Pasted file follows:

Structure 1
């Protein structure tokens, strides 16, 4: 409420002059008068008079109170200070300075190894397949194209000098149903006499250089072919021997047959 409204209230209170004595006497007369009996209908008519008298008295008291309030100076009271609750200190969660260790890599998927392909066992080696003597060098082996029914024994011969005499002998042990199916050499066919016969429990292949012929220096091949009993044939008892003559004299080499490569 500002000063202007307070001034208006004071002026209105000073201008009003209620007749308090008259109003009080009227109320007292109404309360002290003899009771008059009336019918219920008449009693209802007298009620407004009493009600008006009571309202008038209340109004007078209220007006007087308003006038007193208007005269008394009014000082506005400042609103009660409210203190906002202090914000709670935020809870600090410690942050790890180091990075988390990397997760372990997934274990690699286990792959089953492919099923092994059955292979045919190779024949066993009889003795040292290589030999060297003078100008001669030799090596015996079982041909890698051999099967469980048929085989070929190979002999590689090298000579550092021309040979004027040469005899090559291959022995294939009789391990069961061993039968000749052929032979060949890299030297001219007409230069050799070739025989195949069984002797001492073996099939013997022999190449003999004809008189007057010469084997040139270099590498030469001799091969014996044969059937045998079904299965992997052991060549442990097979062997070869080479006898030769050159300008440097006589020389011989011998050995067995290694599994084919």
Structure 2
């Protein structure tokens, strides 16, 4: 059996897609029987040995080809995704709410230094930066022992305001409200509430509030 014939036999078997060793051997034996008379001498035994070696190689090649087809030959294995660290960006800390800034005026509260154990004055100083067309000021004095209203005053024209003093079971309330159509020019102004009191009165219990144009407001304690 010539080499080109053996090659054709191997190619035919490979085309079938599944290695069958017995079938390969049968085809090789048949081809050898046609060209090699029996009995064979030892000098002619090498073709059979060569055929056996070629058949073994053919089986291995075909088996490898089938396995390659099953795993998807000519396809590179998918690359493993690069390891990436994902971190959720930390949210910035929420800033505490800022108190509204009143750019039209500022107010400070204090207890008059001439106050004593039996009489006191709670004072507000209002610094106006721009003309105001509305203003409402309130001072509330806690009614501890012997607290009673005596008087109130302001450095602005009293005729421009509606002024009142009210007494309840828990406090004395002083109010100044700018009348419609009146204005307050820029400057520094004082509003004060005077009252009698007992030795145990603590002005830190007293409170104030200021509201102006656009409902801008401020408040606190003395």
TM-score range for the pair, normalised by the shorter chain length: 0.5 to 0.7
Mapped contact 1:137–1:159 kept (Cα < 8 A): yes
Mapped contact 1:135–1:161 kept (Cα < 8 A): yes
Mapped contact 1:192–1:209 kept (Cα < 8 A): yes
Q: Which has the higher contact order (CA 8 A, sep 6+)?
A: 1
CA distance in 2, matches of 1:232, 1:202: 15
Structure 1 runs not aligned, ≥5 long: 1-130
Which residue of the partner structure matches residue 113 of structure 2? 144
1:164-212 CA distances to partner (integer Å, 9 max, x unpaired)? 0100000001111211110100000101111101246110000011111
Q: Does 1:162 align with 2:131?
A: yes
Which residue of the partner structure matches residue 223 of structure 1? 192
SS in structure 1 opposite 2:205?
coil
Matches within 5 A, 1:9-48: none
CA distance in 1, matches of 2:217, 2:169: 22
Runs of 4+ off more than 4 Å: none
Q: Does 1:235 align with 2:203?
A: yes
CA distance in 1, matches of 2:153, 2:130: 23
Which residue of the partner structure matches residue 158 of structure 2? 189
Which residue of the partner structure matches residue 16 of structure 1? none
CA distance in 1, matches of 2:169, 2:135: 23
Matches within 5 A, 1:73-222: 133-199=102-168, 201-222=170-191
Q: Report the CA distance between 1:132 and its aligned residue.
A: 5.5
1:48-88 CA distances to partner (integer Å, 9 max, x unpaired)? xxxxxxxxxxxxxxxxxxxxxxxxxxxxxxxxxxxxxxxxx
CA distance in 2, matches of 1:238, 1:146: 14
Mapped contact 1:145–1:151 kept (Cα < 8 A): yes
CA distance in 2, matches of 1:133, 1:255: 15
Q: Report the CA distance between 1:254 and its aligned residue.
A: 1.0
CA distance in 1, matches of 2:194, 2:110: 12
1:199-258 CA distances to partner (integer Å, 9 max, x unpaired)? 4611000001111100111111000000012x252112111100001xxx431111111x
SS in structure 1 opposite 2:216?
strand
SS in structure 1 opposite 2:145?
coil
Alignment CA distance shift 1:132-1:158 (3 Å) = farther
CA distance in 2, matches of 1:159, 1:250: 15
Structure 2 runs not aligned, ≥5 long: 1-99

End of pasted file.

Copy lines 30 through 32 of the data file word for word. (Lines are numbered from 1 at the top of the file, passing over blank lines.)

Q: Report the CA distance between 1:132 and its aligned residue.
A: 5.5
1:48-88 CA distances to partner (integer Å, 9 max, x unpaired)? xxxxxxxxxxxxxxxxxxxxxxxxxxxxxxxxxxxxxxxxx